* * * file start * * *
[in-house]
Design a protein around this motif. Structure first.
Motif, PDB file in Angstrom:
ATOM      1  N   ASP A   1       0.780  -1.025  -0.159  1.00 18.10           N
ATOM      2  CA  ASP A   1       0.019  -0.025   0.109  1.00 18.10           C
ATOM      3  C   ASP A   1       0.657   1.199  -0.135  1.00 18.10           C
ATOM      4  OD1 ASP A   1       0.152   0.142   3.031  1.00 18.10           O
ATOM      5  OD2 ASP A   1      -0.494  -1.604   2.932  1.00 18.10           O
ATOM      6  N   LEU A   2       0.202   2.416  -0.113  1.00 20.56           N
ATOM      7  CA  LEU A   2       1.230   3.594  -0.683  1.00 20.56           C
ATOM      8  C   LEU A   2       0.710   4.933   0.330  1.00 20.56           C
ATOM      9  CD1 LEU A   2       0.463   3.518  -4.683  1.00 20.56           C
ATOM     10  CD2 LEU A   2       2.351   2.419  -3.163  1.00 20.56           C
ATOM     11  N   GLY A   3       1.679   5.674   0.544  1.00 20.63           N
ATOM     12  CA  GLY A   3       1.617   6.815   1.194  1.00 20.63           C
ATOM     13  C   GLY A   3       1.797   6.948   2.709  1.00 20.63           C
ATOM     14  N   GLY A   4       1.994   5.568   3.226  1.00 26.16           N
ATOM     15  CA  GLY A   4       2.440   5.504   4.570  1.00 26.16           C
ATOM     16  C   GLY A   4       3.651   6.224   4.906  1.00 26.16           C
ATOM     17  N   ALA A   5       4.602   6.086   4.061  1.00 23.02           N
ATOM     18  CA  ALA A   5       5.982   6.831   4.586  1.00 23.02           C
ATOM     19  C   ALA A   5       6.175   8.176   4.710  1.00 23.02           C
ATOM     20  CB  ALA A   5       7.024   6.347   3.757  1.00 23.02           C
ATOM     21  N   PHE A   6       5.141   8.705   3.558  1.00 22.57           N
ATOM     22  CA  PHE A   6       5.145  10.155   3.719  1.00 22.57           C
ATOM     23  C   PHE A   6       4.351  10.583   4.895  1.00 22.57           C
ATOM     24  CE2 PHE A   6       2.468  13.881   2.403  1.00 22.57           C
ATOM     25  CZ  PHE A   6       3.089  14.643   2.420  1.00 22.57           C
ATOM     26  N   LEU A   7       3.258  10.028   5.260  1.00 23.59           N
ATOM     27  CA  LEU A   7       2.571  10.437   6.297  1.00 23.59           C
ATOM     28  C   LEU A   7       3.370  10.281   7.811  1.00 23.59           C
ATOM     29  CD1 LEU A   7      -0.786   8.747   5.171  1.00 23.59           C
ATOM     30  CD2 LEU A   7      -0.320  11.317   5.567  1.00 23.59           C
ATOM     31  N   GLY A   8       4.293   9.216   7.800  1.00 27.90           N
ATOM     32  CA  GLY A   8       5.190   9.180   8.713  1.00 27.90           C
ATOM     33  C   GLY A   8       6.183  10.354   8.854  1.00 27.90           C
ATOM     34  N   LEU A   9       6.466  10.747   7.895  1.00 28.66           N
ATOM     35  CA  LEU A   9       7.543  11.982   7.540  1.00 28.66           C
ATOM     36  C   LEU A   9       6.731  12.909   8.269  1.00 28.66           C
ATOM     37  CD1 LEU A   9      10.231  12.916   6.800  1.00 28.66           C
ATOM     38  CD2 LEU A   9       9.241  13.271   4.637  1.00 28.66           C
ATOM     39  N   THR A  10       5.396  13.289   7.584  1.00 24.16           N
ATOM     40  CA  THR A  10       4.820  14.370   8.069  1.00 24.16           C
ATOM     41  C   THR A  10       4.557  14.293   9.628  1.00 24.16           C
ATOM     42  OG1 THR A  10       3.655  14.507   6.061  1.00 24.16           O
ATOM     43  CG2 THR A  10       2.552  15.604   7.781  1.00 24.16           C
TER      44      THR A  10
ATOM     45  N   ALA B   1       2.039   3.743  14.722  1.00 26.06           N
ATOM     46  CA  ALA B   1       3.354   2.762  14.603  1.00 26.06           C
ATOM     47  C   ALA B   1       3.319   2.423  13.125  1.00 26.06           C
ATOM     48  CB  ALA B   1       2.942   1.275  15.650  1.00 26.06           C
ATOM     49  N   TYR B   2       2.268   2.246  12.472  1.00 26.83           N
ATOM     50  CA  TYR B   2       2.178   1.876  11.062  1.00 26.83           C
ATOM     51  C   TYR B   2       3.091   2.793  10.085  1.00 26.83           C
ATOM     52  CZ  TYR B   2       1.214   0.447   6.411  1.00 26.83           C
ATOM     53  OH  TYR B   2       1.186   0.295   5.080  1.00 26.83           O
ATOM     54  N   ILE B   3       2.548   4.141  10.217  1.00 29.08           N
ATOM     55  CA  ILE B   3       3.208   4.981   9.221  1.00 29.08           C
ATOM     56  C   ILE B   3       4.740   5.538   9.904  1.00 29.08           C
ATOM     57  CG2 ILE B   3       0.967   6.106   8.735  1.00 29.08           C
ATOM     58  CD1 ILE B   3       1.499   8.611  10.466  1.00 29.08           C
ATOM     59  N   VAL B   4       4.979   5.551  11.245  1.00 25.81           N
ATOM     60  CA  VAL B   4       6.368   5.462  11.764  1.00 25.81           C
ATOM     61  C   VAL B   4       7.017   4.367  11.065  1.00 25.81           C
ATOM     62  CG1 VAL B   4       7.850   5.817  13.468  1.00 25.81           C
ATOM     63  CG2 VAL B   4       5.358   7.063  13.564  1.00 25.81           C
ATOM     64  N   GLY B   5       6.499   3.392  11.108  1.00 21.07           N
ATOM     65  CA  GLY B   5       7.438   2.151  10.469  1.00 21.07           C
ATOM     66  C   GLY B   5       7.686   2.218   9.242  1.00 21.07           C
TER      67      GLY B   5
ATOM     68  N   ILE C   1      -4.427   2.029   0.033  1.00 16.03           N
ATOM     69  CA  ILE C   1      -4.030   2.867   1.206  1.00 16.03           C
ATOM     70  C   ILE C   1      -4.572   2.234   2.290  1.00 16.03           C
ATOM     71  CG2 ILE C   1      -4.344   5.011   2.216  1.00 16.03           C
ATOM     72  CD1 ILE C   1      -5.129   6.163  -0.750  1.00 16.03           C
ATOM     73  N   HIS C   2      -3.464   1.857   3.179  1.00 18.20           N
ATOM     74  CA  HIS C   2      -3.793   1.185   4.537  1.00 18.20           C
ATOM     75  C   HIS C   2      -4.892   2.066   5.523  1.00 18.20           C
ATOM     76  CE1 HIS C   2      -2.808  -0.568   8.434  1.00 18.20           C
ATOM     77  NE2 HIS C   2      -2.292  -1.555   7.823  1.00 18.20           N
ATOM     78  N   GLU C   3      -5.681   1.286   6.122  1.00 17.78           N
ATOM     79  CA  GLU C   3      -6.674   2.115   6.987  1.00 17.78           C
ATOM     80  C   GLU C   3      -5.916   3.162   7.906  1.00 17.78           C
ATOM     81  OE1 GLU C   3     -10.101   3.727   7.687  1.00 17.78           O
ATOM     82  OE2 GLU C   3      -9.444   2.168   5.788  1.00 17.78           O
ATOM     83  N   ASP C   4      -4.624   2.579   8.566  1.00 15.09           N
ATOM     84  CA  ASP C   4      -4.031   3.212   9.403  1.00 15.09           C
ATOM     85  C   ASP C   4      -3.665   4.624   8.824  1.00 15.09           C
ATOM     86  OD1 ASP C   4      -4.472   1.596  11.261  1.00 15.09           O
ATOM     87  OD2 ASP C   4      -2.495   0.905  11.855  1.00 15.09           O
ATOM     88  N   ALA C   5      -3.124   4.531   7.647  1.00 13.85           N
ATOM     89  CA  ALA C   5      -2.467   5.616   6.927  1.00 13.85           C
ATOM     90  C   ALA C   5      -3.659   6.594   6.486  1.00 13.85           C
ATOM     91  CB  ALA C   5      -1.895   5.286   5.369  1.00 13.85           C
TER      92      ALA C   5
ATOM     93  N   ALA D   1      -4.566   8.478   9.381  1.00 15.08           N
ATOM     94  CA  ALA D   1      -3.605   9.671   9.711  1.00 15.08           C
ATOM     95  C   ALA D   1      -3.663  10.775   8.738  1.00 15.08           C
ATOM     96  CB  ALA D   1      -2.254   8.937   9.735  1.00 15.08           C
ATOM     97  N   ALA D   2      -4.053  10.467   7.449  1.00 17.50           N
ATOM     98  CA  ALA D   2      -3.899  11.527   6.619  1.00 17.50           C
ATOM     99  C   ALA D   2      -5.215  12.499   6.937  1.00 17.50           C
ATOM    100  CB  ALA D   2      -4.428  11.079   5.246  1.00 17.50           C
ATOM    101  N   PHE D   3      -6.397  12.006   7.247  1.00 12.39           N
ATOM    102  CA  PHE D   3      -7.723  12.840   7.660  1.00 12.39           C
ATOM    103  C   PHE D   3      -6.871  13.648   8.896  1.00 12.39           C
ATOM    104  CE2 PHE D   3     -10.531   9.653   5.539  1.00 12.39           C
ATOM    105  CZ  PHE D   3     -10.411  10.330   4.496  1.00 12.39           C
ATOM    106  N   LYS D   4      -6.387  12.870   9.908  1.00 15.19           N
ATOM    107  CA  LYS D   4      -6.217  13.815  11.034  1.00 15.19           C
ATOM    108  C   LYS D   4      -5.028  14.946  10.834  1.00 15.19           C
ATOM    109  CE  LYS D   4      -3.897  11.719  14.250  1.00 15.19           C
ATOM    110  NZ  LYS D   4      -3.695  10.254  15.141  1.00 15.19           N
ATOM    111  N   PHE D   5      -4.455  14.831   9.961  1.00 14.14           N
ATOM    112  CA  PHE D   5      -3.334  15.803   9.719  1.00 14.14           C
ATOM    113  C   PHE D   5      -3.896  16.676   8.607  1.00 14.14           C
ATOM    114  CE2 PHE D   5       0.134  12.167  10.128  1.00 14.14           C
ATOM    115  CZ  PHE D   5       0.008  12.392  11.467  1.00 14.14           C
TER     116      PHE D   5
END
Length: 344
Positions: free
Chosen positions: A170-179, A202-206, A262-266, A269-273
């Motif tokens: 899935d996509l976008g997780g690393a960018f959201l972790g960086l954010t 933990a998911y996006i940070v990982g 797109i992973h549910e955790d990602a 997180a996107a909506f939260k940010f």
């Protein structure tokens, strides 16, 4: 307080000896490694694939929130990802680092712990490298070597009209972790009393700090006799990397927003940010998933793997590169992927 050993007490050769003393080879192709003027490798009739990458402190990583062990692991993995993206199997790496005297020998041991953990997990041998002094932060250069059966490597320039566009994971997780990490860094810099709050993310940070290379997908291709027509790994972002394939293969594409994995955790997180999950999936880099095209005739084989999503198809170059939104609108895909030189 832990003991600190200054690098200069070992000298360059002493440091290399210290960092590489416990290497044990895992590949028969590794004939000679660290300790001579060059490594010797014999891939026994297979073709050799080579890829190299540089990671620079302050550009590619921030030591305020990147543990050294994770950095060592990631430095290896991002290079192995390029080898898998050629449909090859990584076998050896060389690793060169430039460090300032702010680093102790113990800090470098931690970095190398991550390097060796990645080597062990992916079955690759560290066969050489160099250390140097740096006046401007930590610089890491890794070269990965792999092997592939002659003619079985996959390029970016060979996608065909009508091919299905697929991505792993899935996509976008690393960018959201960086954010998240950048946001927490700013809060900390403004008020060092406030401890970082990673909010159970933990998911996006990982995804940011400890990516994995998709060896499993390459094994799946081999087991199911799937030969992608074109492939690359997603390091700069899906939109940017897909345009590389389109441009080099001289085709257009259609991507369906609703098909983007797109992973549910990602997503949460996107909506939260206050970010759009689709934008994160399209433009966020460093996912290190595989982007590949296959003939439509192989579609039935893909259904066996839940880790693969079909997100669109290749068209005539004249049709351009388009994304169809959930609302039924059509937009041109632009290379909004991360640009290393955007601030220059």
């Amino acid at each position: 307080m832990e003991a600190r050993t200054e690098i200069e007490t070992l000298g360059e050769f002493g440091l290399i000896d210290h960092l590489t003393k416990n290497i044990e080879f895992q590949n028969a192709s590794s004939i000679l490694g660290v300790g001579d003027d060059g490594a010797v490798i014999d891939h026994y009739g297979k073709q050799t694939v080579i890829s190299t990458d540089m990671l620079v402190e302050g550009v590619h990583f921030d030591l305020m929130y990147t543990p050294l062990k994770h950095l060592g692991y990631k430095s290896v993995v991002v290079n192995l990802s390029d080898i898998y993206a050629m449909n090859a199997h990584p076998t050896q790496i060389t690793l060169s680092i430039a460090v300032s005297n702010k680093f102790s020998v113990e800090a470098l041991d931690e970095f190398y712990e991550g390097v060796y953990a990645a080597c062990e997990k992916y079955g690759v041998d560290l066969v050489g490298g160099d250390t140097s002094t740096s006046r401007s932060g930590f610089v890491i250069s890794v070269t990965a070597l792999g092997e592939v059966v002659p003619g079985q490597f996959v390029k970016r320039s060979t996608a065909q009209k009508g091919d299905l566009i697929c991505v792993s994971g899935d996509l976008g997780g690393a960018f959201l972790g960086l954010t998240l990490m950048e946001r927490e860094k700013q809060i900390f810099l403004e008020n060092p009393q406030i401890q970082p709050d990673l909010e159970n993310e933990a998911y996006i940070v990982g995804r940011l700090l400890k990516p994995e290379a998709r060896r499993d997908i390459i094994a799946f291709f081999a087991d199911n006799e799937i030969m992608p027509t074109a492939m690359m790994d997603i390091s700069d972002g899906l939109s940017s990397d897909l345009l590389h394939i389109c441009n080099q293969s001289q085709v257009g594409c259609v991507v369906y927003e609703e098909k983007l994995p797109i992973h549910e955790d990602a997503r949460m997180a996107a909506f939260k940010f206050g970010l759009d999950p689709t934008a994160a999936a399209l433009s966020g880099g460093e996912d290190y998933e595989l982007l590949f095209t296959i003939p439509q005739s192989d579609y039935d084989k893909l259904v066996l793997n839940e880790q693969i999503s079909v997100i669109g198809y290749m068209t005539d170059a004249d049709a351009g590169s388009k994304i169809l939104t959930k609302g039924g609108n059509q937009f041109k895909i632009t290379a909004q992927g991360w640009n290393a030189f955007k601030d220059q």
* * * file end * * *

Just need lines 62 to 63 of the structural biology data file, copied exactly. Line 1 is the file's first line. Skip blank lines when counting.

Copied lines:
ATOM     59  N   VAL B   4       4.979   5.551  11.245  1.00 25.81           N
ATOM     60  CA  VAL B   4       6.368   5.462  11.764  1.00 25.81           C